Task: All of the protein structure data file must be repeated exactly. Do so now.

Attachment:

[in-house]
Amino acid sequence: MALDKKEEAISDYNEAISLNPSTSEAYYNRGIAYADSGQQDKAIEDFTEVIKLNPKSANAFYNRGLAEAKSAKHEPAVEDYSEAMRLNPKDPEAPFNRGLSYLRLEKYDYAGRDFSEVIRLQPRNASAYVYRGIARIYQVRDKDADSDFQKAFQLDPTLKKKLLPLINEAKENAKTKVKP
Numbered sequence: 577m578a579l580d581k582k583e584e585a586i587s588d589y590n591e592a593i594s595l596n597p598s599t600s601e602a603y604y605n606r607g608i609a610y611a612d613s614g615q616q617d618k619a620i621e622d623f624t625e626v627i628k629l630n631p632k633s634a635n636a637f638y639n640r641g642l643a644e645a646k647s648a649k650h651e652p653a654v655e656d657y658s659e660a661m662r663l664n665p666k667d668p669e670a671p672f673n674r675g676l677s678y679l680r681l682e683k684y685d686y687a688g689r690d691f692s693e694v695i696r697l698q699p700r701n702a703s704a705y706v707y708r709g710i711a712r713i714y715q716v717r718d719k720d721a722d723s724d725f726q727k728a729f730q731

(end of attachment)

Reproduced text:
[in-house]
Amino acid sequence: MALDKKEEAISDYNEAISLNPSTSEAYYNRGIAYADSGQQDKAIEDFTEVIKLNPKSANAFYNRGLAEAKSAKHEPAVEDYSEAMRLNPKDPEAPFNRGLSYLRLEKYDYAGRDFSEVIRLQPRNASAYVYRGIARIYQVRDKDADSDFQKAFQLDPTLKKKLLPLINEAKENAKTKVKP
Numbered sequence: 577m578a579l580d581k582k583e584e585a586i587s588d589y590n591e592a593i594s595l596n597p598s599t600s601e602a603y604y605n606r607g608i609a610y611a612d613s614g615q616q617d618k619a620i621e622d623f624t625e626v627i628k629l630n631p632k633s634a635n636a637f638y639n640r641g642l643a644e645a646k647s648a649k650h651e652p653a654v655e656d657y658s659e660a661m662r663l664n665p666k667d668p669e670a671p672f673n674r675g676l677s678y679l680r681l682e683k684y685d686y687a688g689r690d691f692s693e694v695i696r697l698q699p700r701n702a703s704a705y706v707y708r709g710i711a712r713i714y715q716v717r718d719k720d721a722d723s724d725f726q727k728a729f730q731